He has always been deeply appreciative of everything Frank Palumbo, John Chambers and the entire Cisco family have done for him over the years.

    My wife Anne and I had the good fortune to take Chuck and Chris Rossi sailing on the last day we spent with him. He was in great spirits and kept us all laughing. I could not have asked for a better way to remember Chuck.

  10. Chuck was a legend in the engineering department at Cisco in the early 90's. After each fiscal quarter ended, Chuck would ship NYC Bagels and Cream Cheese to the Menlo Park office (and later San Jose) to the engineering teams as his way of saying thanks. This was so typical of Chuck. He never forgot the people he worked with and made sure they knew it as well. Chuck was the conscious of the company. His favorite reminder was "Listen to the customer". I am proud to have been his friend and know that everyone who knew him felt the same way. His was a prince and a wonderful human being.

  11. I feel obligated to say that that Chuck was one of the first people (literally) at Cisco that Matt Smorto introduced me to. Chuck instantly became a friend and trusted advisor. His influence during my early time at Cisco was a major source of momentum to propel our UCS team when we were a handful of people working for Matt.

    I met his son in SJC once, very nice kid – full of potential.

    Chuck cannot be replaced – he will be missed by all.

  12. I was the Branch Mgr. for Wang in Edison N.J. when I first met Chuck. Frankly, I wasn't sure Chuck was all there. At cisco (small c) he became my friend and I became convinced he had a few screws loose. But he sure was fun and a great salesman to boot! We have talked and I have seen him a few times, but not enough. I will miss him. I believe Chuck and Rich Gibbs are somewhere telling stories!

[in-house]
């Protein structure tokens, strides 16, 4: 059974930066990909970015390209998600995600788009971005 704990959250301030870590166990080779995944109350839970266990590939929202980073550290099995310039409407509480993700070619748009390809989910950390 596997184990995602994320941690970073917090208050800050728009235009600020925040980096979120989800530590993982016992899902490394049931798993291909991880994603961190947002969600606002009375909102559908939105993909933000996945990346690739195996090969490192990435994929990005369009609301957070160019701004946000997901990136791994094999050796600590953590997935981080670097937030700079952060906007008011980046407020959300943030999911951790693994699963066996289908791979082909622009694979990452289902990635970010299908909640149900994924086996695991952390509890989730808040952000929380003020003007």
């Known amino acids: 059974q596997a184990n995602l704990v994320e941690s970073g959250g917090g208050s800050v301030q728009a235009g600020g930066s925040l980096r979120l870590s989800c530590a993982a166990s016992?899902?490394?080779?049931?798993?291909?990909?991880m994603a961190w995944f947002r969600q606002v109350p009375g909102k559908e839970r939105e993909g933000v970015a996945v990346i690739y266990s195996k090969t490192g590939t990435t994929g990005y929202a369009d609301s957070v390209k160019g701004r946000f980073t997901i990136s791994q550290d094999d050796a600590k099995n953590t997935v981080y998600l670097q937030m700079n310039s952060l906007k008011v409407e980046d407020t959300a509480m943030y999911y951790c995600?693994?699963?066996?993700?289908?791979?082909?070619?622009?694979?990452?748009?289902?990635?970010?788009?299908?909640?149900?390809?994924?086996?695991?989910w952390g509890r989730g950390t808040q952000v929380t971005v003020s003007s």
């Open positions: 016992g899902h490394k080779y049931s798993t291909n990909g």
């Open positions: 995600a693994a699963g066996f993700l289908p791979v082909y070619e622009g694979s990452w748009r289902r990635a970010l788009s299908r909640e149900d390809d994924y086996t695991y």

13. I met Chuck not long after I joined Cisco in 1997. I was young, full of energy and motivation and probably had no business getting the job in the first place. I didn't work for Chuck or even near him, but he still waved me into his office any time it looked like I needed the ear of someone who had been there in the fight before me. He'd say things like "it's my job to make sure that guys like you keep their head on straight and do what you're capable of doing", then give me an hour of his time at the end of a long day.

    I left the tech busines and have worked in finance for the last six years. I often find myself doing things that I learned from Chuck when mentoring the people on my team. Everyone on our desk knows and uses a phrase to describe tough days that I borrowed from Chuck..."Some days are diamonds, today was a rock. Tomorrow's looking better, so lets get back to work".

    Rest easy my friend. You'll be remembered as one of the great ones.

  14. I remember that in 1991 I met chuck and the rest of the NY sales team as I did my SNA Training class. Chuck was funny, crazy and unbeleivably committed to doing the right thing. One thing I remember, when Chuck called you and asked you for help, it wasn't bullshit; it was real and he needed YOU. I remember getting a call and literally jumping on a plane a few hours later to put out some fire at Merrill, Citi, Goldman Sachs, etc. We had an understanding, I'd help whenever he needed it and he'd only call when it was me he needed. I never had that relationship with anyone else in sales that had that much trust and respect.

    He was a wonderful person. RIP.

  15. Chuck was a legend, a friend & a real mentor. He was someone I always respected for what he believed in. He was a NO BS type of a guy but also had a great way of handling & managing tough situations. Chuck was always there for me and ready to help in any way he could...In fact, he was my manager during my toughest personal time and if it was not for Chuck and our walks around Penn Plaza, I honestly would be in the place I am today!

    Chuck will always me missed and remembered!

  16. I worked with chuck most of my career at cisco. I met him in 94 when I first started Cisco. Chuck was such a great man! I worked in customer service. I would help coordinate the bagel delivery to SJ where he would thank people that he did not even know but the people that made him a success. Also if a sales rep was giving me a hard time, he would get on the phone and set them straight. If I was stressed out he would read me a part of an inspirational book. I still talk about Chuck to this day. He had such a golden heart and cared about EVERYONE. I adored this man. HE will be truly missed.
    I pray for his children.
    Elise chandler-Paquette